In the spring of 2017, Rupert Murdoch sat down to a meeting in New York with his eldest son, Lachlan, and trusted executive John Nallen, and presented them with a piece of paper. On a sheet from a yellow notepad, the billionaire media mogul had sketched out an idea to split apart his sprawling Fox empire, according to people briefed on the meeting. Sports and news would go in one bucket, movies and television in the other.
A few months later, Murdoch hosted Disney chief executive Bob Iger at his Los Angeles vineyard for salad and chardonnay, where he planted the seed that would lead to a $71bn sale of the second bucket to Disney. The deal redrew the contours of Hollywood, flinging Disney into the streaming wars and allowing Murdoch to sell much of his life’s work at the top of the market.
That merger, which closed in 2019, has been abruptly thrust back into the spotlight this month, after activist investor Nelson Peltz blamed it for what he described as Disney’s “balance sheet from hell”. As he tries to force his way on to Disney’s board after building a stake via his Trian Partners firm, Peltz has fixated on the Fox acquisition as a blight on the legacy of Iger, one of the most respected CEOs in corporate America.
In a 35-page slide presentation slamming Disney’s strategy last week, Peltz devoted seven pages to the Fox deal. His argument is simple: the Fox acquisition was too expensive, saddled Disney with $14bn of extra borrowing — pushing its net debt position above $40bn — and prevented the company from returning cash to investors. Peltz believes that Disney vastly overpaid.
Peltz’s critique is timely. The Disney-Fox transaction set the stage for the frenetic “streaming wars”, spurring traditional media companies to spend billions to counter attack tech groups such as Netflix, Amazon and Apple that threatened to ravage their businesses.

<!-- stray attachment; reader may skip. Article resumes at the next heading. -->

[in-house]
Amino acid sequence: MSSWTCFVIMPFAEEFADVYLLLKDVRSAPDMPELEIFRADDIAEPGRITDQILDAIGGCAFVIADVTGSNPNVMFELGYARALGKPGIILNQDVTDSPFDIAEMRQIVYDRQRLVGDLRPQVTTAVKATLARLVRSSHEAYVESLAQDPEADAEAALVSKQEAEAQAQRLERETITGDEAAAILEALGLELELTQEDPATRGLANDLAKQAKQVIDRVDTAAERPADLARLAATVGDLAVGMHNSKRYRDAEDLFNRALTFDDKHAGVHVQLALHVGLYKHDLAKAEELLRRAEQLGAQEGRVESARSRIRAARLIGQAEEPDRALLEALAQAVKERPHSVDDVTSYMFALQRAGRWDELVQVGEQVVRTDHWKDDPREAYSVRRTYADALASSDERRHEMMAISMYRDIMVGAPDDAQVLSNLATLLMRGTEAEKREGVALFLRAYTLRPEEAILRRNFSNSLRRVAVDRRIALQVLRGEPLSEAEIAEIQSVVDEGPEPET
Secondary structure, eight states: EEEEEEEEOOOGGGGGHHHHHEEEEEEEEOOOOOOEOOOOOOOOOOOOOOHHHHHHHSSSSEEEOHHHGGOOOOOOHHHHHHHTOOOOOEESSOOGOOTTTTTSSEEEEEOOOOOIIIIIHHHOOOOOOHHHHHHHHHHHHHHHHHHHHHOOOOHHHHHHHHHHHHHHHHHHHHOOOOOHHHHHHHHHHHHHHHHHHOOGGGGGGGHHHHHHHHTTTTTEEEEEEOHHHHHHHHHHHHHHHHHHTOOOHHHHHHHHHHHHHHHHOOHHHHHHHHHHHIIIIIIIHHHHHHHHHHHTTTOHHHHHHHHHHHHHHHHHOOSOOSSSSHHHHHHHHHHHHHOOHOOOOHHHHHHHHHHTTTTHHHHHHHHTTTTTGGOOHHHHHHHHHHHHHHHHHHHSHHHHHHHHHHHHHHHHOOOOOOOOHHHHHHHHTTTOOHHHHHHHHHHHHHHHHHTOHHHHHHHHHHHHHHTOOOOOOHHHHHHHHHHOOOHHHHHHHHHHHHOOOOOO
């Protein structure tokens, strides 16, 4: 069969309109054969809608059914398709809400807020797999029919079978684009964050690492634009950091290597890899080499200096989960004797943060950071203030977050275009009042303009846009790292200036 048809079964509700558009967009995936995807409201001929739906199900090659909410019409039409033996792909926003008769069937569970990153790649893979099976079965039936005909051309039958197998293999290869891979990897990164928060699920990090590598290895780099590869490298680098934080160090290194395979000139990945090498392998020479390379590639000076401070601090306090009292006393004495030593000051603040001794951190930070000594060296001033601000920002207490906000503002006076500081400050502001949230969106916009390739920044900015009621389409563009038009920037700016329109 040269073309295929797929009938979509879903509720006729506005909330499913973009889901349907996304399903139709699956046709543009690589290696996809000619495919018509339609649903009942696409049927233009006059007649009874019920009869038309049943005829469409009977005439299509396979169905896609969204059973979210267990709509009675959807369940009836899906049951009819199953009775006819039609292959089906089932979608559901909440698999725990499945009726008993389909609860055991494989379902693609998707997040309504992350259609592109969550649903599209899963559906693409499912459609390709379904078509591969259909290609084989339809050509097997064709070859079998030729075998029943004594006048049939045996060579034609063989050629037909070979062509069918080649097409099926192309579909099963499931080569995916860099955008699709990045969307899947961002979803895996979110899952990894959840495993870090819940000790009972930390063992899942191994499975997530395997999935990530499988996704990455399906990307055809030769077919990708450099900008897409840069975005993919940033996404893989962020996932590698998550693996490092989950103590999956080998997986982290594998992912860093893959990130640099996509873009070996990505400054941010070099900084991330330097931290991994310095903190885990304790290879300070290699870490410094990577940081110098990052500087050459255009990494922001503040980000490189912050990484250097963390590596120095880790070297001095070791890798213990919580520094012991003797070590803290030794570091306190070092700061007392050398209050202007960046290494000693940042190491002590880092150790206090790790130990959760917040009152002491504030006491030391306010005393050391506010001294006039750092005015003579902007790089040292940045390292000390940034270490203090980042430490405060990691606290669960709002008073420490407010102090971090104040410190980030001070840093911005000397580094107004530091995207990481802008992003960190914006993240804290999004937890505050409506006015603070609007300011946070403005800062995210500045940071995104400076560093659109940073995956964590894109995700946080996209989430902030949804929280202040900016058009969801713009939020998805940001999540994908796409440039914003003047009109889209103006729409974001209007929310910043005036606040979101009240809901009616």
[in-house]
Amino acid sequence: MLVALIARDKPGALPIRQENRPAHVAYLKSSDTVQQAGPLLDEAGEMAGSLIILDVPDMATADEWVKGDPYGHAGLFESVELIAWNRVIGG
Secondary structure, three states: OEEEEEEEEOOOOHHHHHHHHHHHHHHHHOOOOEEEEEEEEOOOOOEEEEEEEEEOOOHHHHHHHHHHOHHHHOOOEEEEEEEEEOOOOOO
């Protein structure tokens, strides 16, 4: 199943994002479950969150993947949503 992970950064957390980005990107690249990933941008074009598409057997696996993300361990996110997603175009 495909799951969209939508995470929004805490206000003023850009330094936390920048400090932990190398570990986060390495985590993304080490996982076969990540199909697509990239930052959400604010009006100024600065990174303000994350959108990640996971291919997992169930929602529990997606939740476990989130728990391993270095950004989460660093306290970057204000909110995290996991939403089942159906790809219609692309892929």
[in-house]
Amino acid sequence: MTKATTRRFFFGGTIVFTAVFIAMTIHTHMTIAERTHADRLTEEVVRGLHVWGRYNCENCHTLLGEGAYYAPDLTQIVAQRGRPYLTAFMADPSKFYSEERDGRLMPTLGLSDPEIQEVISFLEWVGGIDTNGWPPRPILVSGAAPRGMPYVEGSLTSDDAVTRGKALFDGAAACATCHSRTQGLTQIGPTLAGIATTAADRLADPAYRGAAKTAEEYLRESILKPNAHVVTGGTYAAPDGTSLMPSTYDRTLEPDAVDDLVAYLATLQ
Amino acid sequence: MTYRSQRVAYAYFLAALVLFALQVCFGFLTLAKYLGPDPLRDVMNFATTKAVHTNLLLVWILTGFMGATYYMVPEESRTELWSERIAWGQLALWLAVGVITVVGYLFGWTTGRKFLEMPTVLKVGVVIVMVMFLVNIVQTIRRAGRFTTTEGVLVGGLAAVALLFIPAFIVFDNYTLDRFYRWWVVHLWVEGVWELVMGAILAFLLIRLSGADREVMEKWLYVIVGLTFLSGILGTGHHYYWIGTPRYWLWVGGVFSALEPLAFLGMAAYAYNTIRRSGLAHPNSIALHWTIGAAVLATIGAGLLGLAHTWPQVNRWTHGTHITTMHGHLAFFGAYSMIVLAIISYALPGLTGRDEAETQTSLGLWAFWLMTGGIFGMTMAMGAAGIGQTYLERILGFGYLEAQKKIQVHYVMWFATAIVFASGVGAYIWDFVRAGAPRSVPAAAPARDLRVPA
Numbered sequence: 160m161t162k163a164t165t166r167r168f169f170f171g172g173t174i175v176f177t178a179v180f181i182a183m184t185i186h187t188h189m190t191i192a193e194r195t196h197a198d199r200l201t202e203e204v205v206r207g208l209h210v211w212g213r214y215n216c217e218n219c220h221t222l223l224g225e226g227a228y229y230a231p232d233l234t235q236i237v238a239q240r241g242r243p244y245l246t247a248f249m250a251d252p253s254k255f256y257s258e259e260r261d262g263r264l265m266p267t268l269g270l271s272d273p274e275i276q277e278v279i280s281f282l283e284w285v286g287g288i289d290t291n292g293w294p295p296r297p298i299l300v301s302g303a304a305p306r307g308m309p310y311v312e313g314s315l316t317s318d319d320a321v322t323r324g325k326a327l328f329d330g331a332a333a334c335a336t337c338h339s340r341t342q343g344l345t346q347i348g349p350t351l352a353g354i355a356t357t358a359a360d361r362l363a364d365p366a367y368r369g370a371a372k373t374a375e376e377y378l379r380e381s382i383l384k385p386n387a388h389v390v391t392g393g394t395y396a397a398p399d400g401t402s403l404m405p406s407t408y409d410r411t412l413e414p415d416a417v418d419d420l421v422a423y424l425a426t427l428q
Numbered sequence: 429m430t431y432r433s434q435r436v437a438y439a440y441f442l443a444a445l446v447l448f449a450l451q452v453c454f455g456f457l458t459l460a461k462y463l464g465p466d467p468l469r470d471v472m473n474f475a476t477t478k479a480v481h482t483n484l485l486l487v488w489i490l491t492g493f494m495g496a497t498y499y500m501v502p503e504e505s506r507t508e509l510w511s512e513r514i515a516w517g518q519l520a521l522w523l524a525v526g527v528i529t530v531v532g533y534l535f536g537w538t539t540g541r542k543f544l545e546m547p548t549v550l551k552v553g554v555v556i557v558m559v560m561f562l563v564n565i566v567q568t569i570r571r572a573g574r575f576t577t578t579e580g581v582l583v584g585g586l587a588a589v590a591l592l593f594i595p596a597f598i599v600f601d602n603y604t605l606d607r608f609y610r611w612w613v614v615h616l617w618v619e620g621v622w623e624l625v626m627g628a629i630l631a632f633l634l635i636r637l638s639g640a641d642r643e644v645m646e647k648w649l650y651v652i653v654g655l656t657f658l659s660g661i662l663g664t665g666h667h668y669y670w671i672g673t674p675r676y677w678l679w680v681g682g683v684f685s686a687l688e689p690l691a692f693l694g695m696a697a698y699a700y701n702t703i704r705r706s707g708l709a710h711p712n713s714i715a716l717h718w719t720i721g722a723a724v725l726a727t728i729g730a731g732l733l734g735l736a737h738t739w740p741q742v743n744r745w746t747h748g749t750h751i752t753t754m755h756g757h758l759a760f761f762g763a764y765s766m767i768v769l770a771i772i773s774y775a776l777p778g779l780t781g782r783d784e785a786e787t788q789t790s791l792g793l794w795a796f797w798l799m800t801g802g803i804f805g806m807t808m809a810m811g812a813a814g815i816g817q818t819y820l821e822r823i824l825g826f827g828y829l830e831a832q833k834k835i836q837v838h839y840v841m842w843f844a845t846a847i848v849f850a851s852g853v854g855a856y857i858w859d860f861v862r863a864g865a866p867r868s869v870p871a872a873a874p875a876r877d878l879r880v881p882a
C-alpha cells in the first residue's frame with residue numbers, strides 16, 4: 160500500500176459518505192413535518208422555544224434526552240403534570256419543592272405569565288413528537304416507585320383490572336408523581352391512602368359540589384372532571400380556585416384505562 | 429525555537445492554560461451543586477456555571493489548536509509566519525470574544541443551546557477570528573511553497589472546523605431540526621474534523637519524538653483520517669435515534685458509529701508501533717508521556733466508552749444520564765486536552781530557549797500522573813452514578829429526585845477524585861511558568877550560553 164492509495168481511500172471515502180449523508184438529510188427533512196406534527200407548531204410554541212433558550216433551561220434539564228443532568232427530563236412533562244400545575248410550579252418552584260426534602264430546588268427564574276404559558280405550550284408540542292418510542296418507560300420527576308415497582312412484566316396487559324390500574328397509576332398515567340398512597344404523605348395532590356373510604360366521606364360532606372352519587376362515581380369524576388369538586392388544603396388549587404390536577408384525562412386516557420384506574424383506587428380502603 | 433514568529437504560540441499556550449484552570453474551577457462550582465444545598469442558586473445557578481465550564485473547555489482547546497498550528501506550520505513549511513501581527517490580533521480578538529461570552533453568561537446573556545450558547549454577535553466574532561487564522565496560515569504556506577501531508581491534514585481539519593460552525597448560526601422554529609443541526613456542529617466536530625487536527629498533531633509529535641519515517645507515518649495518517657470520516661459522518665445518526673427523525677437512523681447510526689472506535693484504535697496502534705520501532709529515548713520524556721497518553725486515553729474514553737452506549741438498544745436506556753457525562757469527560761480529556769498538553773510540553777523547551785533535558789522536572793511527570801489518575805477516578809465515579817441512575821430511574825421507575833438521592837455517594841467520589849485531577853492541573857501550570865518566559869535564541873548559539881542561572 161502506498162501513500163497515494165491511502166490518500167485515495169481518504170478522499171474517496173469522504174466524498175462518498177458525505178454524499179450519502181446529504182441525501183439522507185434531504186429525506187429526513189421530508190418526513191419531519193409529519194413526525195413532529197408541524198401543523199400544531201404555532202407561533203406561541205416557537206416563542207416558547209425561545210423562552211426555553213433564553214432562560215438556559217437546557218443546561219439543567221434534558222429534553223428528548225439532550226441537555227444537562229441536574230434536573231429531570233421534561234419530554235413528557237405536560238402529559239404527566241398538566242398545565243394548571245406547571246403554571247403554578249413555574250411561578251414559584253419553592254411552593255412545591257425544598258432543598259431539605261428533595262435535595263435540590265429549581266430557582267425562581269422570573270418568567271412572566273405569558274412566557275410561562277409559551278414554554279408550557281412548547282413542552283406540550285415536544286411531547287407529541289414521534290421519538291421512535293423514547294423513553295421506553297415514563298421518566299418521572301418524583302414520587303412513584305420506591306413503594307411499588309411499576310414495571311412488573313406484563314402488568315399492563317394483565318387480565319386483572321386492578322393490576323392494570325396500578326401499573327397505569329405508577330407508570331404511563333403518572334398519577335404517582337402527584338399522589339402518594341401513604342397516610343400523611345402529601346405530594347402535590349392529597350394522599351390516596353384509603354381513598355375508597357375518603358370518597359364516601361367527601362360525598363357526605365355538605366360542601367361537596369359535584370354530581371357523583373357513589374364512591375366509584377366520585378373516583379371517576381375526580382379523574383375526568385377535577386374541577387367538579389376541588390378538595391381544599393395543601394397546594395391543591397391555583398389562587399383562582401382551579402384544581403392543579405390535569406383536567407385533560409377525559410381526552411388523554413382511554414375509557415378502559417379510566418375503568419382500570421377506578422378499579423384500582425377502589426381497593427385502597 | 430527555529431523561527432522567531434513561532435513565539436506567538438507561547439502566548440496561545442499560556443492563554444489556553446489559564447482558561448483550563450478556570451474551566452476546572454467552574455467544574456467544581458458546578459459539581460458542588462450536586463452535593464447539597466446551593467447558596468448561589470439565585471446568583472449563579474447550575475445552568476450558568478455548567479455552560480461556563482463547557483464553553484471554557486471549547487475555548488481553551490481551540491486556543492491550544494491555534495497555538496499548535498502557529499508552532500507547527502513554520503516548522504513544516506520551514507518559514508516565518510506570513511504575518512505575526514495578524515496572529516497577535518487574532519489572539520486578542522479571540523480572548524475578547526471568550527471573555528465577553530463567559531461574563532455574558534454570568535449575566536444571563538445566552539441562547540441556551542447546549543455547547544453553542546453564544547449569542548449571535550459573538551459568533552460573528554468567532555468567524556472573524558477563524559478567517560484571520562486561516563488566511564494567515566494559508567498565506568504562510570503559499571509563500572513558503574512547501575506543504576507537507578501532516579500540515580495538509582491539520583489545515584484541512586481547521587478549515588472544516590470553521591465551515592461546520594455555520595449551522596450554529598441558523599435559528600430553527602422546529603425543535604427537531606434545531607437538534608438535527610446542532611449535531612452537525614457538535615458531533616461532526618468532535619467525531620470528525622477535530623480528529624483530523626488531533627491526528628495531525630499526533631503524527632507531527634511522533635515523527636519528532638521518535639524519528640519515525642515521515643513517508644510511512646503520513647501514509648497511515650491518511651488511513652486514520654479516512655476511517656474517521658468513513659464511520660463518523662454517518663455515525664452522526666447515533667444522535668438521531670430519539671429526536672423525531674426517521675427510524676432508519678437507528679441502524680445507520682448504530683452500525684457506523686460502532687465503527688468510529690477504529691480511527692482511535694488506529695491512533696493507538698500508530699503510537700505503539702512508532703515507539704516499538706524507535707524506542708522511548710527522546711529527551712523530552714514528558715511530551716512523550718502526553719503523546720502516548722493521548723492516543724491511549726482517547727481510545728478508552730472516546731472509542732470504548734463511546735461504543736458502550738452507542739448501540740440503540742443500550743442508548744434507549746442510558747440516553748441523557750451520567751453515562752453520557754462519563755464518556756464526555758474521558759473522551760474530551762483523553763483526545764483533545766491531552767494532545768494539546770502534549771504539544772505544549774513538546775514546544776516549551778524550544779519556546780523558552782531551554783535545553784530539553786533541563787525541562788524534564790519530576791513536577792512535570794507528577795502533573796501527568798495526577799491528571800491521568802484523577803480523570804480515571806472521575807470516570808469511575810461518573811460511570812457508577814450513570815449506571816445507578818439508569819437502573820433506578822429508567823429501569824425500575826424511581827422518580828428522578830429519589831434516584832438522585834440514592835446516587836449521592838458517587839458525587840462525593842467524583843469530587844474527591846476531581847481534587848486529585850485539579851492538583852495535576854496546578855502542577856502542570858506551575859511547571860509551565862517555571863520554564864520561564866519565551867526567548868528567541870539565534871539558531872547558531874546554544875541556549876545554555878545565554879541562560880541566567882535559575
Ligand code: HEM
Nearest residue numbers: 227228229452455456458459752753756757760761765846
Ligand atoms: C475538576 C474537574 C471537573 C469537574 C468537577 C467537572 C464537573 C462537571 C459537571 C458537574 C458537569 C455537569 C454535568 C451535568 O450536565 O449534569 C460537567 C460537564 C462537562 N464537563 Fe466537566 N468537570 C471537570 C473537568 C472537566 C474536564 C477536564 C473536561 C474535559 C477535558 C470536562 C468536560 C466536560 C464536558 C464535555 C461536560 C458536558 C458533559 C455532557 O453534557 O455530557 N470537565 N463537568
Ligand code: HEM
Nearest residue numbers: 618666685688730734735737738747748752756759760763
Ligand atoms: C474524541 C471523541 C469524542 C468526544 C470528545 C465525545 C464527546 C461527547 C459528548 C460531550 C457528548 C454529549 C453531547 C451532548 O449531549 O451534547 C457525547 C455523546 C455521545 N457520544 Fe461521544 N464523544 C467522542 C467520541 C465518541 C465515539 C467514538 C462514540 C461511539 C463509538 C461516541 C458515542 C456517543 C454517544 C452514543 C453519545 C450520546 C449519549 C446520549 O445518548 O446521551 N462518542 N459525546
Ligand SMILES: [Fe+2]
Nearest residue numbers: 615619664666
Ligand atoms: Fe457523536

In 2019, Iger’s aggressive strategy helped propel Disney stock to an all-time high. But in the harsh light of last year’s stock market sell-off, the expensive foray into streaming has few fans on Wall Street and Disney’s market valuation has been cut in half. In a sense, the Fox acquisition has become a referendum on streaming writ large.
“Disney decided to get into streaming. Rupert got out. In the short term, with the cost of competing in streaming . . . you have to keep squinting to see this make sense,” said analyst Michael Nathanson. “[The deal] allowed them to build a couple streaming businesses, but the jury is still out on streaming.”
Iger defined modern Disney through a string of acquisitions that spawned a box office run for the ages, giving the company unrivalled power in Hollywood. These purchases — Pixar in 2006 for $7bn, Marvel in 2009 for $4bn, and Lucasfilm in 2012 for $4bn — are widely viewed positively by executives, bankers and analysts in the industry. But the verdict on Iger’s Fox bet is less clear.
Peltz depicts Iger’s Fox purchase as an overzealous move made at the expense of profit. Over the past five years, Disney’s revenue increased by $24bn to reach $84bn, but in that same time operating margins almost halved and — after more than 50 years of steady payments — Disney has scrapped its dividend, a fact that Peltz traces back to Fox. Disney executives have said the dividend was suspended due to the pandemic’s impact on its business.